Evaluation at FAO

FAO and the Royal Government of Cambodia discuss the way forward for FAO’s support to agricultural development in Cambodia


On 31 October, Mr Masahiro Igarashi, Director of the FAO Office of Evaluation (OED) met with H.E. Veng Sakhon, Minister of Agriculture, Forestry and Fisheries of the Royal Government of Cambodia. The occasion was the presentation of the recently concluded evaluation of FAO’s Country Programme in Cambodia.

The FAO Country office in Cambodia organized a stakeholder’s workshop in Phnom Penh to present the evaluation’s findings, conclusions and recommendation. The evaluation exercise was led by OED and focused on the period of 2014-2018.

In light of the evaluation findings, this workshop was an important opportunity to gather all inputs, suggestions and recommendations, particularly on what FAO could and should do to contribute to the Royal Government of Cambodia (RGC) through the Ministry of Agriculture, Forestry and Fisheries (MAFF) and in close liaison with other partners to deliver results that contribute to the effective and sustainable development of the country. The inputs gathered will inform the next Country Programming Framework (CPF) 2019-2023, currently under development. This CPF, aligned with the government priorities, will guide FAO’s actions in the upcoming cycle of implementation.

The evaluation found that FAO’s mandate continues to be of relevance in Cambodia, as the country moves forward on its trajectory to attain middle-income country status by 2030, but FAO needs to further leverage this mandate effectively. FAO has a clear comparative advantage as a trusted purveyor of data and technical advice. The government counterparts and MAFF in particular, acknowledged that FAO is a trusted partner of the Royal Government of Cambodia, commenting, “no one is above FAO on technical competencies regarding agricultural techniques.” However, as Cambodia’s economy rapidly develops, there are implications for FAO and the UN system on how they can support a more inclusive form of development towards the goal of “leaving no one behind” enshrined in the Sustainable Development Goals (SDGs).

The stakeholder workshop offered an opportunity to consider the future role of FAO and the UN system together with the Royal Government of Cambodia and other stakeholders in this context.  Mr Alexandre HYUNH, FAO Representative in Cambodia noted “by working closely with the MAFF, FAO Cambodia has committed to supporting the Royal Government of Cambodia (RGC) to attain an inclusive, resilient, efficient, sustainable development of the agriculture sector, the use and management of natural resources, and improved food security and nutrition. This support will, consequently, contribute to improving the livelihoods and well-being of Cambodian people, and the development of the Kingdom.”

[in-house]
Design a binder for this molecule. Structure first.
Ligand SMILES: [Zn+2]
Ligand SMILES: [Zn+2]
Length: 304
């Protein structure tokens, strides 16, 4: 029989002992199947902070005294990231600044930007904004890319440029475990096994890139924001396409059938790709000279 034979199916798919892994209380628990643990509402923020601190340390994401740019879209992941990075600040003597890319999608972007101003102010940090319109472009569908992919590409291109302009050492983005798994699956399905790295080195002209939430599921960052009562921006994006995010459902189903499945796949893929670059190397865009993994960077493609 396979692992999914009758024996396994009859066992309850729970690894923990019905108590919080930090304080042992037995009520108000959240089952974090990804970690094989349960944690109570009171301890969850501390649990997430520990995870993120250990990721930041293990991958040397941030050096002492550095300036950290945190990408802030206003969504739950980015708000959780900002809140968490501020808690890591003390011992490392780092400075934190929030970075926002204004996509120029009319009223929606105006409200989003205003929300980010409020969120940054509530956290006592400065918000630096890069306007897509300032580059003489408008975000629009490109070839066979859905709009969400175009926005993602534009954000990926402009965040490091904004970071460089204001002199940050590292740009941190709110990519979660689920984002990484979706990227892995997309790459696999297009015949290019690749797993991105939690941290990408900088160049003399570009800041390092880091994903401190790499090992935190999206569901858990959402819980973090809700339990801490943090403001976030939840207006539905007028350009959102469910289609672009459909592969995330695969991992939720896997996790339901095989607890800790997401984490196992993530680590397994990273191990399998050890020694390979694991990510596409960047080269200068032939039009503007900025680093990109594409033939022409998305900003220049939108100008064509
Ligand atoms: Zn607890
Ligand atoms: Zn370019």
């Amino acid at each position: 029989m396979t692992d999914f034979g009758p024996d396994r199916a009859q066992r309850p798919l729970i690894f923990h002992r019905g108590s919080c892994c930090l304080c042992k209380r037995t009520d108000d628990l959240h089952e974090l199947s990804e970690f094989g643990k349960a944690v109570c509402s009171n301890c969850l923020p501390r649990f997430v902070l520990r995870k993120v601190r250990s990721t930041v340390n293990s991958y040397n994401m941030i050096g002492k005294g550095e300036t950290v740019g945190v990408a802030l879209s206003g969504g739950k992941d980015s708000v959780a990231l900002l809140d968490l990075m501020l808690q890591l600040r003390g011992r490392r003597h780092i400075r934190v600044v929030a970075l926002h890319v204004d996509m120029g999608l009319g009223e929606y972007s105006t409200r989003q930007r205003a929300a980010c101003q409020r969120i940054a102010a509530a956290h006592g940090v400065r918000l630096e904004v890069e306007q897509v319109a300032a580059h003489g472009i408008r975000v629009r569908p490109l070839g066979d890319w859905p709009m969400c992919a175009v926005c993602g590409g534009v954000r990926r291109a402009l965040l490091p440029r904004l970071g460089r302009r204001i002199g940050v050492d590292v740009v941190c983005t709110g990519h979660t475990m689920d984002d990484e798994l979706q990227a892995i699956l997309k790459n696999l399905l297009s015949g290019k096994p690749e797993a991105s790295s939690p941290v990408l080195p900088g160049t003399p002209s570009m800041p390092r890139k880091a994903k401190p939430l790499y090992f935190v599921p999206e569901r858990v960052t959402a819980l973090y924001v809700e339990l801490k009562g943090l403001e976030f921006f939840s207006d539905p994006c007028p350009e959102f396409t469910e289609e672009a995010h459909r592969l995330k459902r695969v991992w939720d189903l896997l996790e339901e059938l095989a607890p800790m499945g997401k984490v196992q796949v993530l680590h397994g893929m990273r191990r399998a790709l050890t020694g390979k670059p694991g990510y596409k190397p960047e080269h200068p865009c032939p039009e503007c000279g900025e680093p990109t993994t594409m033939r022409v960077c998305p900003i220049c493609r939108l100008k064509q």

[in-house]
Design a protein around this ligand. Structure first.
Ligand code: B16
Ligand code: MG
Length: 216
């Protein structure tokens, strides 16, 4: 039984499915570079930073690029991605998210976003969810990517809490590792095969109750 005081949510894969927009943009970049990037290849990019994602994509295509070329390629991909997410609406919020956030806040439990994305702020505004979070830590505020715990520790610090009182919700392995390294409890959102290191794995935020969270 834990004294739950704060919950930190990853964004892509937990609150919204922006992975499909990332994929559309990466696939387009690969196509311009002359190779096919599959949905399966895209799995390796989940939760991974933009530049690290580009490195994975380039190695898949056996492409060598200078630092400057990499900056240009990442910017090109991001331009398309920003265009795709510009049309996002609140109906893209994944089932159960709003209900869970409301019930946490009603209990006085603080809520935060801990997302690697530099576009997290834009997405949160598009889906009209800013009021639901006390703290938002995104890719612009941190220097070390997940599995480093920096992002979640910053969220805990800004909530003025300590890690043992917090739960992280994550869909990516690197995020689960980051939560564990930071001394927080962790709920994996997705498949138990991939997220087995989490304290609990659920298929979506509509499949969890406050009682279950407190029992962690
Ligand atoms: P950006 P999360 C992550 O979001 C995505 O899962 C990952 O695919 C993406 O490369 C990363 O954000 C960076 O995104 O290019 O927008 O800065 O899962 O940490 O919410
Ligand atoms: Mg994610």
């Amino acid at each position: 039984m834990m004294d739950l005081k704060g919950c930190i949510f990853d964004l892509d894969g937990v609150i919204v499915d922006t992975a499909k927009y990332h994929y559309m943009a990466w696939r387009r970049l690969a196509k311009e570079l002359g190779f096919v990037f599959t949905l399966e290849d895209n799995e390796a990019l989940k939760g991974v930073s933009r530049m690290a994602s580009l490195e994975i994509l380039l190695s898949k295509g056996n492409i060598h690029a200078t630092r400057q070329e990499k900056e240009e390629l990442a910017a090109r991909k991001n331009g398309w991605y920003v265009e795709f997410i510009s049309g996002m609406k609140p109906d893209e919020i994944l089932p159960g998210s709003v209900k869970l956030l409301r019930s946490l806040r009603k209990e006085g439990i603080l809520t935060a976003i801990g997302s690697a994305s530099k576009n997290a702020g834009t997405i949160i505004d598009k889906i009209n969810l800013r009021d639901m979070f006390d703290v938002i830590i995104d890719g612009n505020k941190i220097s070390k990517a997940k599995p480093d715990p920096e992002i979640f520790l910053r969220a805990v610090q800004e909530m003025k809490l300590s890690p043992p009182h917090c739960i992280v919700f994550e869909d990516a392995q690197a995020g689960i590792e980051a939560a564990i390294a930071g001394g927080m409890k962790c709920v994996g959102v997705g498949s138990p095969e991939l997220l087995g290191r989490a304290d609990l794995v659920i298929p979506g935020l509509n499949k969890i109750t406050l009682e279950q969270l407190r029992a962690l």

However, the Cambodian agricultural sector still faces a number of challenges, including low productivity, limited supporting infrastructure, supporting technologies and techniques for agro-industry, inconsistent supply of agriculture produce in terms of both quantity and quality, inadequate access to markets and price fluctuation, and climate change, amongst others.

In view of these challenges, H.E. Veng Sakhon, Minister of Agriculture, Forestry and Fisheries endorsed the evaluation conclusions and recommendations and underlined five specific focus areas for consideration in designing FAO’s new country programming framework:

  1. Continue providing technical support for promoting agricultural modernization with respect to competitiveness, effectiveness, climate resilience and sustainability;
  2. Improving understanding and increasing capacity of farmers and agricultural cooperatives in agricultural market, and improving the linkage between these communities and the private sector. Food safety is another priority area of the government, which certainly requires technical support of the FAO;
  3. Development of agriculture policies, generating agricultural statistical data, analysis of agricultural economy are very pivotal for policy makers. The FAO is an effective partner for these actions;
  4. Further promoting the livelihood of families who depend on fisheries and forests through diversifying food system;
  5. Engaging more government officials in implementing technical cooperative programmes to further enhance their capacities and ensure efficiency and sustainability of the project. 

In his response, Mr. Alexandre HYUNH stated that FAO will continue to be a strong technical-support partner of the Royal Government of Cambodia, especially MAFF, as well as other stakeholders. He also added that it is important to work together and, “it must be starting with improving ownership of farmers. We need to support them to act differently by adopting good agricultural practices and become competent farmers, while necessary policies and supporting systems need to be also developed.